Posted by: jockmackenzie | March 18, 2010

“Poetry & Song” – Entry 12 – The Limerick #4

thanks to picpoke.com for the photo

More from my unpublished book “Poetry & Song”

The idea, in this section especially, is to promote rhythm. It’s fairly easy, for most, to see the difference between:

There once was a man from Kerflope

Who liked to walk on a tightrope

And

There once was a man from Kerflope

Who moved like a swift antelope

Normally, we would emphasize the second syllable of Kerflope but the first syllable of tightrope. The two don’t go together well. In the second example, the rhythm of from Kerflope and antelope is a good match. If the student has to force the rhythm, then more work is required.

Ah, there’s the rub – the word work rears its ugly head. I would rather that the poem be a little suspect in its rhythm and still get completed than have the student throw up his hands in despair, opting for something funner. I do mention that “The only place were ‘success’ comes before ‘work’ is in the dictionary.” but a balance must be achieved. For me, it’s a matter of small steps Get the student to write some decent poetry and then worry about refining.

Moving along. My next step is to offer a number of possible first lines and ask students to supply a suitable second line – suitable meaning having about the same number of syllables, a rhyming word at the end, and a decent rhythm.

I knew a big puppet named Jack

________________________________________________________

I once met a frog named Georgine

________________________________________________________

She said to me, “My, what a nose!”

________________________________________________________

There once was a monstrous great cat

________________________________________________________

I knew an old lady who said,

________________________________________________________

I once knew a dwarf who could sing

________________________________________________________

There once was a little bear cub

________________________________________________________

I met an old farmer named John

______________________________________________________

The dog down the block

____________________________________________________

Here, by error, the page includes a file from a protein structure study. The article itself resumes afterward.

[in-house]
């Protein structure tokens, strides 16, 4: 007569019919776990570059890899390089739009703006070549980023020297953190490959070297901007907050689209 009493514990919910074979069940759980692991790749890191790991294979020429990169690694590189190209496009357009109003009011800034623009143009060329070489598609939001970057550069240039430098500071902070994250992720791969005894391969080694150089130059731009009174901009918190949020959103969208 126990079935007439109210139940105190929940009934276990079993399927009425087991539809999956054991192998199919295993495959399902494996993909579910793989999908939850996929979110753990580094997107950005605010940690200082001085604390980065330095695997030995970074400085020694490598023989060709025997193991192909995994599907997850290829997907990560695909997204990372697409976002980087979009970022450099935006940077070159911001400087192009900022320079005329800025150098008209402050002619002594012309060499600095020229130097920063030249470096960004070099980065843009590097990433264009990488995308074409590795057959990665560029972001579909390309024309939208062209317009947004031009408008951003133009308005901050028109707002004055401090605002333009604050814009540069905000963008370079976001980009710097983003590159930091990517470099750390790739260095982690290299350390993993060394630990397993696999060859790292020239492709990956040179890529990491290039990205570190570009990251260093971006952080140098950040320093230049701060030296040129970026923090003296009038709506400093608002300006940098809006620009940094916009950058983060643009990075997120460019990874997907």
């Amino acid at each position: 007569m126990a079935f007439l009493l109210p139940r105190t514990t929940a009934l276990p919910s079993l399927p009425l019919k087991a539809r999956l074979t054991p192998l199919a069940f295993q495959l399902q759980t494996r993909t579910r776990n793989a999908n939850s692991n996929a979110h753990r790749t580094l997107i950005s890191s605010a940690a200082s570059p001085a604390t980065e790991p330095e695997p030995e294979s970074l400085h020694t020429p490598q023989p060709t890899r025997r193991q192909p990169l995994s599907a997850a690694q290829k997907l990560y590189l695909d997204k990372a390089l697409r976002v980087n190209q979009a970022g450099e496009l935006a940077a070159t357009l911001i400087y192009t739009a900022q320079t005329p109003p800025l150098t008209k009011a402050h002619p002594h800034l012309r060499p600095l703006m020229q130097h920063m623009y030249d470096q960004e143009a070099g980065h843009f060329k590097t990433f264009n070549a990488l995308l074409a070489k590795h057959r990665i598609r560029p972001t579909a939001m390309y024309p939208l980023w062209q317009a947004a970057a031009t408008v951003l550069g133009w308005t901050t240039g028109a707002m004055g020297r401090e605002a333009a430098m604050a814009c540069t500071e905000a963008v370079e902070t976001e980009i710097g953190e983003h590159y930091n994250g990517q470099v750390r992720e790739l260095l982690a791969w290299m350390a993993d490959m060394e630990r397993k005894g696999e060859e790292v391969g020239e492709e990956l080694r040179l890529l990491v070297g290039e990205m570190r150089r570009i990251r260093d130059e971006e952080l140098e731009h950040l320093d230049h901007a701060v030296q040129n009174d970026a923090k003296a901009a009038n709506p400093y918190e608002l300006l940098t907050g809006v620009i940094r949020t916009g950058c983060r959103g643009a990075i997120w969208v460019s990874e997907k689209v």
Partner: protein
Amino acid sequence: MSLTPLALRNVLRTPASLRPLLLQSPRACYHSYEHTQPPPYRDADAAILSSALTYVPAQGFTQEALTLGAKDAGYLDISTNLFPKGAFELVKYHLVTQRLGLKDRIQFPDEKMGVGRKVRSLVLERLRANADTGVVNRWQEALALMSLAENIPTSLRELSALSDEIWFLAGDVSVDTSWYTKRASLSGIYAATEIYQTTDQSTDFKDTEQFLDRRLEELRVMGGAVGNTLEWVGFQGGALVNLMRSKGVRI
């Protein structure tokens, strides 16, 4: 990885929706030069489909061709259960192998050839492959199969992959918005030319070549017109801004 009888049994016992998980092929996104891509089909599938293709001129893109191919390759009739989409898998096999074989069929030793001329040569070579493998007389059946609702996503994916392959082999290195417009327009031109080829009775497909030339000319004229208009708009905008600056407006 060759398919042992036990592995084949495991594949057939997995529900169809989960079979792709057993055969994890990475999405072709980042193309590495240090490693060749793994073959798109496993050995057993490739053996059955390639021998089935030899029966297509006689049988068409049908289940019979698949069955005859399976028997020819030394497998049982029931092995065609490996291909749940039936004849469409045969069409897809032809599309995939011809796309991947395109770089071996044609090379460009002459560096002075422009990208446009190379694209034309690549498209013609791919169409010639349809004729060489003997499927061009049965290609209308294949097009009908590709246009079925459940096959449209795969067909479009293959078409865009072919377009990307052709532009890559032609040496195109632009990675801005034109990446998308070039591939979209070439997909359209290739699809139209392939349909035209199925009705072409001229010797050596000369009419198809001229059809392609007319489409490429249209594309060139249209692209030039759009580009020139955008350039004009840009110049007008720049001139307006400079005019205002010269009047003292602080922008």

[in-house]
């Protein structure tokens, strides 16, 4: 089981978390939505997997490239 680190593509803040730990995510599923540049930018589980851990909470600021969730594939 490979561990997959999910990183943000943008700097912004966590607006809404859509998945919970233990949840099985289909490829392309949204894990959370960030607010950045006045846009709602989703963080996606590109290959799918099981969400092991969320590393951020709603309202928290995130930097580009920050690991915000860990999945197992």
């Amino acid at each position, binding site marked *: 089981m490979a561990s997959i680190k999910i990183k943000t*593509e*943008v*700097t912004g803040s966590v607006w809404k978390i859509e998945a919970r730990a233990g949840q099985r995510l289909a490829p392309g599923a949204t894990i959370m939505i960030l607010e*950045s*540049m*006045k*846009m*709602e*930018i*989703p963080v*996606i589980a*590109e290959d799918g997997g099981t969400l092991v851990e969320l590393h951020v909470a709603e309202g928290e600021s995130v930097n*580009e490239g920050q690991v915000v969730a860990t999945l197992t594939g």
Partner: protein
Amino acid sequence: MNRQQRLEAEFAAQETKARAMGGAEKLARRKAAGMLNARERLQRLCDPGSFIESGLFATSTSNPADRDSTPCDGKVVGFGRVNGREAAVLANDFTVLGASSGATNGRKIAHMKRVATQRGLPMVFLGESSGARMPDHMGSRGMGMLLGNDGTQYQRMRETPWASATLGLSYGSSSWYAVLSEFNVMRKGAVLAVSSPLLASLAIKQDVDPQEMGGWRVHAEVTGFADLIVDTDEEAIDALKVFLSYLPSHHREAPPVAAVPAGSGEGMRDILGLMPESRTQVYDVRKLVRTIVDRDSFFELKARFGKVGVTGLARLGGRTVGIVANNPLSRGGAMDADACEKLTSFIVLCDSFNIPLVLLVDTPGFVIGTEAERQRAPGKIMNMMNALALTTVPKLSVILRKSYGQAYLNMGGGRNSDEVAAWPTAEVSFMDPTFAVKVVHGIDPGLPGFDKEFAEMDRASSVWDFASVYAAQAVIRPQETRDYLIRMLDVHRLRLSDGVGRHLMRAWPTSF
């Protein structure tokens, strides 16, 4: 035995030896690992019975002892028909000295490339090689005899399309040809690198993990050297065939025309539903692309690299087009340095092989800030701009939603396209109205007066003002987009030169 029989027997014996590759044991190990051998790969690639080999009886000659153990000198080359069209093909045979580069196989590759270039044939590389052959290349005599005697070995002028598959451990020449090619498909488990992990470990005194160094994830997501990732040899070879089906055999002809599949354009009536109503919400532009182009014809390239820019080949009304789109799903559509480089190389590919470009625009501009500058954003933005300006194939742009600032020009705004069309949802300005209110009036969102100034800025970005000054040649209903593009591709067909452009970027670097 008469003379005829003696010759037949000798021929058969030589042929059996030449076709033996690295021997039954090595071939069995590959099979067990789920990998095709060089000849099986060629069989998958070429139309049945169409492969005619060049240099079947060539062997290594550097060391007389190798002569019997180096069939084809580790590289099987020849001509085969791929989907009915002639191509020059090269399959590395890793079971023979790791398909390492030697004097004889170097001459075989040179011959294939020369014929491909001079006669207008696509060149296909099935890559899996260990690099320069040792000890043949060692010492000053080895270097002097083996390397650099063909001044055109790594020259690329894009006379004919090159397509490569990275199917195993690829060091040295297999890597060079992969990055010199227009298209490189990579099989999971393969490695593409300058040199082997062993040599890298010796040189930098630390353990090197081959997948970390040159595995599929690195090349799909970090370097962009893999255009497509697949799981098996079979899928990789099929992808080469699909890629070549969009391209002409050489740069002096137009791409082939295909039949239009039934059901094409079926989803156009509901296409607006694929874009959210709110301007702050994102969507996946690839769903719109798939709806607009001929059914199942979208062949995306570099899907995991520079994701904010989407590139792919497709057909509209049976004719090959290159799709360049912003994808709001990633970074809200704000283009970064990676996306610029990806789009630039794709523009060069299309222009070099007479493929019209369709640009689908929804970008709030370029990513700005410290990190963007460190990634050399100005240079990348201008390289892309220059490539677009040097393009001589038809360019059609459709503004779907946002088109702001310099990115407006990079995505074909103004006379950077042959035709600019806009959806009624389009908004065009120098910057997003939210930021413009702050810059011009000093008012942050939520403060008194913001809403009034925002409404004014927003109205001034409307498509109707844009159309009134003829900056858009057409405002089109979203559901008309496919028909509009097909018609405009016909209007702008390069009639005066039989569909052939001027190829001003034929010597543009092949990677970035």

The horse and the cow

____________________________________________________

My boyfriend’s afraid

____________________________________________________

We searched high and low

____________________________________________________

The night was so black

____________________________________________________

At noon the next day

____________________________________________________

He growled right out loud

____________________________________________________

I love apple pie

____________________________________________________


Responses

  1. Hello! My name is Emily. I’ve created a program called “Sing Books with Emily”…I sing songs that have been made into illustrated picture books to kids at local bookstores, schools, and events. LOTS of fun. Many of the songs are “Singable Poems” that have been illustrated into books all their own (like “The Owl and the Pussycat,” by Edward Lear, or “Fairy Went A-Marketing,” by Rose Fyleman). And, it’s fun to find poems that fit nicely with established tunes (like “Stopping by Woods on a Snowy Evening,” by Robert Frost, fits perfectly with “Greensleeves.” Many other poems that have be set to music can be found in illustrated anthologies of poetry.

    Posts about all these songs and the the illustrated books what go with them are on my blog:
    http://www.SingBooksWithEmily.wordpress.com.

    It’s fun to find your blog about putting music and poetry together. I’ll enjoy checking it out. Do you mind if I create a link to your blog?

    Here are my links:
    http://www.SingBooksWithEmily.Wordpress.com
    http://www.MySpace.com/SingBooksWithEmily
    http://www.YouTube.com/emleatha
    (my space has a couple of tracks for Singable Picture Books, including a performance of “The Owl and the Pussycat” from my cabaret show “It’s a Junlge Out There” and many “Sing Books with Emily” gatherings.


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